That means if it is the subject in written language,'lui' cannnot be used?shaula said:I would say that no one usese egli in spoken language, while you must use egli in written sentences.
Perfect! You may see it in magazines or newspapers though, since it is spreading as the standard pronoun.MingRaymond said:That means if it is the subject in written language,'lui' cannnot be used?
The correct pronoun for a female is "ella" (essa is for feminine thing) and, yes, the use is the same as lui/egliSo, if it is the subject, I should use 'essa' instead of 'lei' to represent 'she' ?
Indirect. Direct objects are not preceded by prepositions. She sings what? A song = a direct object.rambler said:Thank you for pointing this out.
As a ...direct object, "Lo" .means "him" or "it". Correct?
As an indirect object, "gli" means "him" or "it". Correct?
In the sentence "To him she sings", is "him" a direct or an indirect object? (I thought it was direct.)
I'm just beginning to try to learn Italian on my own using a rather old and somewhat limited instruction book that leaves a lot of questions unanswered. Looks like this forum could be very helpful though!
First question: when should I use lui vs egli and lei vs ella?
I've express my opinion about that several times.
In my opinion, a foreign who's studying Italian needs to know they exist and what's their meaning, but why should they worry about using them, if we don't?I've express my opinion about that several times.
If you use "egli" as subject nobody can tell you're wrong.
At university, for example, during an exam, you cannot say "Lui è".
Maybe it's because I've studied at "Liceo classico", but my teachers have always tried to make us speak good Italian.
I understand your point of you. But I think it depends what level the learner wants to reach. You can speak Italian without using passato remoto/condizionale/congiuntivo, but you'll never speak good Italian.In my opinion, a foreign who's studying Italian needs to know they exist and what's their meaning, but why should they worry about using them, if we don't?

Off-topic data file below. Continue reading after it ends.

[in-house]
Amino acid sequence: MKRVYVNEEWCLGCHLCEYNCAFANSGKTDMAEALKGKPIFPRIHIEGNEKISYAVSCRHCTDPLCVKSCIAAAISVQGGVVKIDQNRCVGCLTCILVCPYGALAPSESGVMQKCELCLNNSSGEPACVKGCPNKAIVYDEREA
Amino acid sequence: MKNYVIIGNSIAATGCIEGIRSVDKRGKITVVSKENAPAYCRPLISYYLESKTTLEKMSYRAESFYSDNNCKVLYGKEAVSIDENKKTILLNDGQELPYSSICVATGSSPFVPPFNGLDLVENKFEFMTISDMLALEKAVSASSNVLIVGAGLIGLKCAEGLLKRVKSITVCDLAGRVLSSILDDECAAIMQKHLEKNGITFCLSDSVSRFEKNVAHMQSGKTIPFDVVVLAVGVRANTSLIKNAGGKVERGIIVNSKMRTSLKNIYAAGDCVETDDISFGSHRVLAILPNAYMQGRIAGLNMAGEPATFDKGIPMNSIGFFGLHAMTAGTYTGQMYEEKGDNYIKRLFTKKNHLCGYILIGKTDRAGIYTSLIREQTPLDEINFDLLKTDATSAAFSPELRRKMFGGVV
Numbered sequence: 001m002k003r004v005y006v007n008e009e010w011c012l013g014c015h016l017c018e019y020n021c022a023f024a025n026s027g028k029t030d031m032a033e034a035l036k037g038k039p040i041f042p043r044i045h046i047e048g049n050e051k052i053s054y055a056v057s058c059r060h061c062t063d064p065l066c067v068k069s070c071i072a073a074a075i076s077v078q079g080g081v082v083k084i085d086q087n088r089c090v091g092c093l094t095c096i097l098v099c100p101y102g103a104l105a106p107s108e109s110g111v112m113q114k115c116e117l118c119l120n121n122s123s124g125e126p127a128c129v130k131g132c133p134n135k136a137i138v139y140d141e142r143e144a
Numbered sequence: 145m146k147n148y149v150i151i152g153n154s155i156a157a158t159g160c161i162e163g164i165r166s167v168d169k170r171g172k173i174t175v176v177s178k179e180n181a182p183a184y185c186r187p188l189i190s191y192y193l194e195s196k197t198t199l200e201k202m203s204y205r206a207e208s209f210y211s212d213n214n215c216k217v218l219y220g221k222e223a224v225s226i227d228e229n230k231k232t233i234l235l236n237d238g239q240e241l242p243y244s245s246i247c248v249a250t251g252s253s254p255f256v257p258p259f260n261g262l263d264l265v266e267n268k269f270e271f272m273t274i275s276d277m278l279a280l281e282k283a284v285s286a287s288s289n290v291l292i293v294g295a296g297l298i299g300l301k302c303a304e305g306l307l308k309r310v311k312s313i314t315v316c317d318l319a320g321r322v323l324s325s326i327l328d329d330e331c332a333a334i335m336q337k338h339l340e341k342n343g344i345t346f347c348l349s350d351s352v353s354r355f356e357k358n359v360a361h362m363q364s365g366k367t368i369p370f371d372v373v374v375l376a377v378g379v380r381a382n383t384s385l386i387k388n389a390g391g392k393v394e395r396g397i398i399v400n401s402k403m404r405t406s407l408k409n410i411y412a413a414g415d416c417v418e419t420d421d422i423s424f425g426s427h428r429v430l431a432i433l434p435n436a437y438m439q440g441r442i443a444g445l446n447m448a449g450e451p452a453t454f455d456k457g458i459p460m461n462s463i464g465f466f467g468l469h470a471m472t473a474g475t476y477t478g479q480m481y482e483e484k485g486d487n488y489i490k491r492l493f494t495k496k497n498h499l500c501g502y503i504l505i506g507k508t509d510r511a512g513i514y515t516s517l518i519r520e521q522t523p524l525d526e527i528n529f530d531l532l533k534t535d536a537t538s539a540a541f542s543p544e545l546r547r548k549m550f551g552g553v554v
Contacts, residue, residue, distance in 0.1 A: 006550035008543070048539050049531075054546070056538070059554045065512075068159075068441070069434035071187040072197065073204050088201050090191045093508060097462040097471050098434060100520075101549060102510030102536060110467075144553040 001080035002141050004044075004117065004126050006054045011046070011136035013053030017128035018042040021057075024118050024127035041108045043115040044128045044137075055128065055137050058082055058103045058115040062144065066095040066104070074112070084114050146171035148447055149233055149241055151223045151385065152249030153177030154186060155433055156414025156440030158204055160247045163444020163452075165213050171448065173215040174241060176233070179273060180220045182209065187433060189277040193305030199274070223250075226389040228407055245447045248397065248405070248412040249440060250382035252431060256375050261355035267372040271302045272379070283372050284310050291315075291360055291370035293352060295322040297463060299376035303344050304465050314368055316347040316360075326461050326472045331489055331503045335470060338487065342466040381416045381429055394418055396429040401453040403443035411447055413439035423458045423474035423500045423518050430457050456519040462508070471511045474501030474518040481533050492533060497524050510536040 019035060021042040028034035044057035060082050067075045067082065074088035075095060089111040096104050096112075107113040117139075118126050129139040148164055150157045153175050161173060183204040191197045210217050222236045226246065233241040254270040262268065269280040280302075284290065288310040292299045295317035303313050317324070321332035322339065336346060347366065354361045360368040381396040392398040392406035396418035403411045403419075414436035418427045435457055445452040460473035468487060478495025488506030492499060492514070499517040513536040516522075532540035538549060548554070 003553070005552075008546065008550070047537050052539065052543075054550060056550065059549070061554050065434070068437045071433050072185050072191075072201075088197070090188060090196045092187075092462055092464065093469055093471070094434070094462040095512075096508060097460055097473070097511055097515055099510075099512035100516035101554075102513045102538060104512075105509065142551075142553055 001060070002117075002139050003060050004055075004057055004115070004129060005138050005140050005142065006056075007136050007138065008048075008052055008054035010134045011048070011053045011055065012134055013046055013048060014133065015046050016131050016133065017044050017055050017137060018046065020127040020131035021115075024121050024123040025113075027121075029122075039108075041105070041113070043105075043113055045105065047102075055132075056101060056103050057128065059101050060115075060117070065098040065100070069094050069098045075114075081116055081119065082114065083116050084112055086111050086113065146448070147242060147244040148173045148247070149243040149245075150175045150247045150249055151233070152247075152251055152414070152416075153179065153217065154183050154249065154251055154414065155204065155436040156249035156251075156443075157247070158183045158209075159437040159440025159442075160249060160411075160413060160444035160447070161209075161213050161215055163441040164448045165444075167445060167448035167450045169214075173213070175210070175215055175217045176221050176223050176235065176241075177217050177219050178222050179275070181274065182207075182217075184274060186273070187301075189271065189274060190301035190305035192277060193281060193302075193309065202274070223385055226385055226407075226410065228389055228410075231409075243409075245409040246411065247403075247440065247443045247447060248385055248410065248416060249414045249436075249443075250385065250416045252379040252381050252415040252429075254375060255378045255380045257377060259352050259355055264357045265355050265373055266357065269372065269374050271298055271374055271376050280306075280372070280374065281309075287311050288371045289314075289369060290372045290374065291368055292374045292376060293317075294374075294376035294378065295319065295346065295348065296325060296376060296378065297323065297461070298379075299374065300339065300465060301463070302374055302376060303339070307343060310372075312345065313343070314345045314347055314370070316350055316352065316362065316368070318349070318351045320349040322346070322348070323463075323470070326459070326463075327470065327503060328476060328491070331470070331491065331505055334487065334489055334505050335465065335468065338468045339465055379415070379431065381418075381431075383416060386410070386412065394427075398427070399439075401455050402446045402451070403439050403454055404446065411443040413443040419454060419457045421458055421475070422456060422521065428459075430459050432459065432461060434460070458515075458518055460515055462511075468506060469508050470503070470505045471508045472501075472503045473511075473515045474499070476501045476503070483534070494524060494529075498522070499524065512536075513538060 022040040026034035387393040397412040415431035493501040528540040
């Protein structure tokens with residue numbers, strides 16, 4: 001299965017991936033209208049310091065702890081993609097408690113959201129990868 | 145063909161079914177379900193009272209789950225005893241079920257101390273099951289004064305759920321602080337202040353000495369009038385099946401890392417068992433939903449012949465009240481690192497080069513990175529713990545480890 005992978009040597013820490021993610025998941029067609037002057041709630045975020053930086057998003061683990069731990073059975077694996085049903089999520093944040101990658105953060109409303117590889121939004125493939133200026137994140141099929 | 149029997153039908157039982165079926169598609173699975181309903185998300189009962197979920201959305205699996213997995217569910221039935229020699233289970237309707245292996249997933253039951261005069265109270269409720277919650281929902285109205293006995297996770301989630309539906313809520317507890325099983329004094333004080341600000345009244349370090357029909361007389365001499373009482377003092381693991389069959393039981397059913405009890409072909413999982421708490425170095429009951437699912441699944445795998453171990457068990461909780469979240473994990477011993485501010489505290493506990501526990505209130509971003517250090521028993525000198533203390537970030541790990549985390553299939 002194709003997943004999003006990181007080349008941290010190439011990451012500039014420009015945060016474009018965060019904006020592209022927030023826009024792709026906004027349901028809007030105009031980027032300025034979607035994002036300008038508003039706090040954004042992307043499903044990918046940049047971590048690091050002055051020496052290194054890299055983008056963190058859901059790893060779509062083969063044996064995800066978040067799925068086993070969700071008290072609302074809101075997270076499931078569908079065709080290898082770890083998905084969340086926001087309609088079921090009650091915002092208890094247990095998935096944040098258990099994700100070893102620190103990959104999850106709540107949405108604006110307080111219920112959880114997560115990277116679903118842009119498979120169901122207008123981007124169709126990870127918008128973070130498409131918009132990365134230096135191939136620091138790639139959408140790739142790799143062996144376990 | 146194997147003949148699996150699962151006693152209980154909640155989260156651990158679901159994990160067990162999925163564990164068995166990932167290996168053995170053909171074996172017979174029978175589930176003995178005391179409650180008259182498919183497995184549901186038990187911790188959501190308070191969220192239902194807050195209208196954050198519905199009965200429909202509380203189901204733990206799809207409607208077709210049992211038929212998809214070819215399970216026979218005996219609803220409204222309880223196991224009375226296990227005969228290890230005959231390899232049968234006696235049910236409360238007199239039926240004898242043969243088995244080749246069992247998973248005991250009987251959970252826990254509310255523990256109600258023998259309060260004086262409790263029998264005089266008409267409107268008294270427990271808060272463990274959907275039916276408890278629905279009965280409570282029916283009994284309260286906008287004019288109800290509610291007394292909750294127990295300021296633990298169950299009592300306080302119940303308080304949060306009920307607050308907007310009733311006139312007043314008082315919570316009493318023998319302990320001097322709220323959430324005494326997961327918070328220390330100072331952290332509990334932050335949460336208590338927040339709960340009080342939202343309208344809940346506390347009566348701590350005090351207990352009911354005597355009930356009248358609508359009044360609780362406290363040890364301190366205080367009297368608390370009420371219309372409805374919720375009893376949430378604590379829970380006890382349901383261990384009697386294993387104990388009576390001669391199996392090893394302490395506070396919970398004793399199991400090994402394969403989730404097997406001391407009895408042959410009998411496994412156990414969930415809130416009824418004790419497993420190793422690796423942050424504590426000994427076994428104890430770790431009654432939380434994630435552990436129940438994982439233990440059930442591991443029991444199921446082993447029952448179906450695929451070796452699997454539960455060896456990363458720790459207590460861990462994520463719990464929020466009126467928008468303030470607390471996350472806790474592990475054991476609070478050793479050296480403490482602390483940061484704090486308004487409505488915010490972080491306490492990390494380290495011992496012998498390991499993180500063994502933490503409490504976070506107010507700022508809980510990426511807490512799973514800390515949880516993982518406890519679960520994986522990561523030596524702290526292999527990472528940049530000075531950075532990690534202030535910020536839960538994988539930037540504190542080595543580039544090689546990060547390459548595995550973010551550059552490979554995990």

I'm happy you want to defend Italian, but about that, we actually use, for example, the conditional in our speeches, but no one (except maybe in the Liceo Classico) uses "egli" or "ella" nowday. If someone did, I would be surprised.I understand your point of you. But I think it depends what level the learner wants to reach. You can speak Italian without using passato remoto/condizionale/congiuntivo, but you'll never speak good Italian.
Thank you all for your help!
Claudine, I would like to understand the grammatical rules of when to use which word, but the examples you provided confused me.. if you want to try to explain it in more detail I'll be happy to do my best to understand
Meanwhile, I'm studying prepositions
Egli/ella are used only when they are the subject of the sentence. They mean he/she. Lui/lei are used when they are the object (only after the verb) and with preposition, like him/her.
P.S. But you have still to study lo/la and gli/le (not the articles) .
Could you give an example in English of he/she being subject in one sentence and object in another? I might pick it up then.
What do you mean lo/la gli/le not the articles? Are they used for other purposes than the definitive article?
Living in Vienna and knowing people who learn Italian, I noticed, that here the words "egli, ella, essi" are not taught: they only teach the use of "lui, lei, loro". I would like to ask non-native speakers, if they learn verbs using "lui" or "egli". And what do the Italians think about? Is it good to teach "lui" or it should be avoided?
Please answer and correct me!
I was never taught egli, ella, and essi. I don't really even know what they are. I see them once in a while, and I remember hearing them for the first time from a nun.
"to teach" is irregular in the past, quindi e' "taught" not "teached"
EDIT: Most of the Italian that I learned, I obtained from friends and experience rather than school. Maybe that is why I never learned egli, essi, and ella.
As lots of users have already said, in a written text you have to use egli ella essi. The problem comes when speaking: even if these are the correct ones, you will almost never hear them, because they are too much "correct" even for a very formal speaking contest (e.g. even if you're talking to your boss/teacher/old people you are not supposed to use egli ella and essi). The problem can be avoided by using a name (egli---->Luca e.g.).
Hope it's clear.
What you say is true if you mean "old"="formal written" I mean:I was told that they belong to older Italian. But from what I see, that is incorrect.
... I would like to ask
toforeign people, if they learned the verbs using "lui" or "egli".
Ella is really uncommon and sounds really old and poetic.
The 1950 paperback edition "THE BERLITZ SELF TEARCHER: ITALIAN" uses 'essa/egli' on page 20 to construct replies to questions of nationality.
ex: "Si, essa è italiana"
ex: "Si, egli è italiano"
The book doesn't say anything about spoken vs. written Italian and I naturally thought the book could be used to speak the language.
In the examples above, are you saying that 'lei/lui' should replace 'essa(or should it be 'ella')/egli construction when speaking? (Not if you're reading something aloud) Should 'lei/lui' be used in writing today's Italian?
Is the book out of date with today's Italian usage? It keeps the personal pronoun in many of the sentence constructions when it seem to me that the verb conjugation would be enough.